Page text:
OS/2 2.0. Digitalk has released an OS/2 2.0 version of Smalltalk/V PM. Micro
Focus and Liant Software have announced COBOL compilers for OS/2 2.0.
 
   New CASE tools for OS/2 2.0 PM development have been announced by
Caseworks, the Stirling Group, Guild Products, Guidance Technologies, Gpf
Systems, VZ, Vleermuis Software Research, Software Engineering International,
Enfin Software, ImageSoft, and Intelligent Environments. If you're migrating
Windows applications to OS/2, check out Micrografx's Software Migration Kit.
 
   I doubt that you'll need more debugging tools than the ones IBM provides.
However, you might want to consider Periscope's OS/2 2.0 version of the
Periscope debugger and Soft & GUI's Error Manager debugging tool. SourceLine
Software is shipping a hypertext source code browser for OS/2 2.0. Personal
Systems Software sells a C-callable toolkit for writing OS/2 2.0 device
drivers. Intersolv has announced OS/2 2.0 versions of PVCS, PolyMake, PolyAwk,
and the Sage Professional Editor. Hamilton Laboratories has a 32-bit version
of its C shell. GammaTech has a 32-bit version of its HPFS utilities. And
Parallel PC's is shipping an OS/2 2.0 version of the Synectics SDK (Software
Development Kit).
 
   For those on a budget, several good public domain and shareware tools are
available for OS/2 2.0. The public domain GNU C/C++ compiler for OS/2 2.0 is
available on BIX, CompuServe, and other BBSes. You can also download several
GNU utilities (e.g., rcs, make, awk, grep, and diff) and the GNU emacs editor.
 
The Written Word
   IBM has announced the OS/2 Technical Library, a set of manuals for OS/2
developers that's priced at $295. The manuals are a necessity for anyone
programming for OS/2 2.0. For an in-depth technical overview of OS/2, get The
Design of OS/2 by H. M. Deitel and M. S. Kogan (ISBN 0-201-54889-5) from
Addison-Wesley.
 
   Van Nostrand Reinhold has published several new books, including
Client-Server Programming with OS/2 2.0 by Robert Orfali and Daniel Harkey
(ISBN 0-44201219-5), Writing OS/2 2.0 Device Drivers in C by Steve Mastrianni
(ISBN 0442-01141-5), and OS/2 Presentation Manager GPI by Graham Winn (ISBN
0-44200739-6). Van Nostrand also offers a library of six books at a special
price.
 
The Timing Is Right
   Interest in OS/2 2.0 is growing by leaps and bounds. Even its most stubborn
opponents have been impressed with its capabilities. The old OS/2 1.x
supporters are still around, and they have been joined by an even larger group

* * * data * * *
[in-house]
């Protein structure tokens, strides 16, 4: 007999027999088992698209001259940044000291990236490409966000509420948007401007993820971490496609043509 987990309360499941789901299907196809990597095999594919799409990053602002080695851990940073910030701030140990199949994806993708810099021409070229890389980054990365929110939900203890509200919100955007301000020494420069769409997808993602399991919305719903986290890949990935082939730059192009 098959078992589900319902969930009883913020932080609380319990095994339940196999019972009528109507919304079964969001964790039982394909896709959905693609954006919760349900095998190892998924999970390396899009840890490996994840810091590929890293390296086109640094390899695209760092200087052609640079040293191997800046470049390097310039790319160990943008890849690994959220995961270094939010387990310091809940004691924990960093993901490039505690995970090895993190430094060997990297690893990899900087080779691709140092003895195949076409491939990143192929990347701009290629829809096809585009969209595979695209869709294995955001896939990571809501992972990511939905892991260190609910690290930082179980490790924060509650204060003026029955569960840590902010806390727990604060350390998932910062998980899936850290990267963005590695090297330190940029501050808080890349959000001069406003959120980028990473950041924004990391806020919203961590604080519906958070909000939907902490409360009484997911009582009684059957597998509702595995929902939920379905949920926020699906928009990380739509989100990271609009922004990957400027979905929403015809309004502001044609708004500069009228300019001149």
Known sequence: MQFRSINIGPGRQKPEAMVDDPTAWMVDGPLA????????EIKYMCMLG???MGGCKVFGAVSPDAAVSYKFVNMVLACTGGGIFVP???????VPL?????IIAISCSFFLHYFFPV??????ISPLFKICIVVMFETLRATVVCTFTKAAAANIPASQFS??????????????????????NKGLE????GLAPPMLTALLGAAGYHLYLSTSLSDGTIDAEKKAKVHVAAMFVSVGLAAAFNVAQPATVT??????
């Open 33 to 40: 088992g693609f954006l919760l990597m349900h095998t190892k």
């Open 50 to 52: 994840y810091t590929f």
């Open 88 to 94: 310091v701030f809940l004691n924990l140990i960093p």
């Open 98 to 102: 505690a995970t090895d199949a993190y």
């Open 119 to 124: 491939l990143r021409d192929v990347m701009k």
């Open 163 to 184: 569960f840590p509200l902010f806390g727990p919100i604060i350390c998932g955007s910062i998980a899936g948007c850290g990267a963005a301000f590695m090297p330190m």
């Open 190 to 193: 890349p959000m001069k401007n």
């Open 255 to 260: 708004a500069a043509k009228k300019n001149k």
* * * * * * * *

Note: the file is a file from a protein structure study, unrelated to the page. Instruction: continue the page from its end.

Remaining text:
of users and developers eager to tap the multitasking and multiplatform
support offered by OS/2 2.0.
 
   IBM's aggressive pricing has prompted many Windows users to upgrade to OS/2
2.0 for only $49.95; DOS users can upgrade for only $99. Interest in OS/2 2.0
is also evident by the many messages that appear in public electronic
conferences.
 
   Have the tools arrived to develop the new-generation 32-bit software for
OS/2 2.0? You better believe it. The time is right to begin development. Sure,
you'll want to keep some of your DOS and Windows applications around, but you
can realize the full power of OS/2 only with new 32-bit OS/2 2.0 applications.
As PC users become more demanding, they'll begin to appreciate the power and
flexibility of OS/2 2.0. The ability to download a file over the telephone
while simultaneously updating a database, printing several files, and editing
a document should convince the most skeptical user that OS/2 2.0 represents
the best solution for desktop software applications.
 
COMPANY INFORMATION
 
Arity Corp. (Prolog/32) (508) 371-1243
 
Borland International, Inc. (C++ for OS/2 2.0) (408) 438-8400
 
Caseworks, Inc. (CASE:PM 2.2, CASE:PM VIP (CUA 91)) (404) 399-6236
 
Clarion Software, Inc. (TopSpeed C, C++, Modula-2, Pascal) (305) 785-4555
 
Digitalk, Inc. (Smalltalk/V PM) (310) 645-1082
 
Enfin Software Corp. (Enfin/2) (619) 549-6606
 
GammaTech (GammaTech Utilities) (405) 359-1219
 
Gpf Systems, Inc. (Gpf 2.0) (203) 873-3300
 
Guidance Technologies, Inc. (Choreographer) (412) 231-1300
 
Guild Products, Inc. (Guild) (415) 593-3200
 
Hamilton Laboratories (C shell) (508) 358-5715
 
ImageSoft, Inc. (CommonView) (516) 767-2233
 
Intelligent Environments, Inc. (AM (Applications Manager)) (508) 640-1080
 
Intersolv (PVCS, PolyMake, PolyAwk) (503) 645-1150
 
Liant Software Corp. (RM/COBOL-85) (512) 343-1010
 
Micro Focus, Inc. (Micro Focus/2 COBOL) (415) 856-4161
 
Micrografx, Inc. (Software Migration Kit) (214) 234-1769
 
MicroWay, Inc. (NDP FORTRAN 386/486, C-C++ NDP 386/486) (508) 746-7341
 
Parallel PC's (Synectics SDK) (215) 670-1710
 
The Periscope Co., Inc. (Periscope/32) (404) 875-8080
 
Personal Systems Software, Inc. (C-Callable DevHlp Driver Library) (203)
242-8711
 
Soft & GUI, Inc. (Error Manager) (718) 769-8017
 
Software Engineering International (Primary Window Class) (407) 241-3428
 
SourceLine Software (SourceLink) (619) 587-4713
 
The Stirling Group (TbxShield, InstallShield) (708) 307-9197
 
Vleermuis Software Research (GUI Master) fax: 31-30-32-49-44
 
VZ Corp. (VZ Programmer) (801) 595-1352
 
Watcom (C 9.0/386, FORTRAN 77/386 9.0) (519) 886-3700
 
Steve Mastrianni is president of Personal Systems Software in Bloomfield,
Connecticut. He specializes in device drivers, operating systems, and realtime
applications for OS/2 and Windows NT. You can reach him on BIX as
"smastrianni" or on CompuServe at 71501,1652.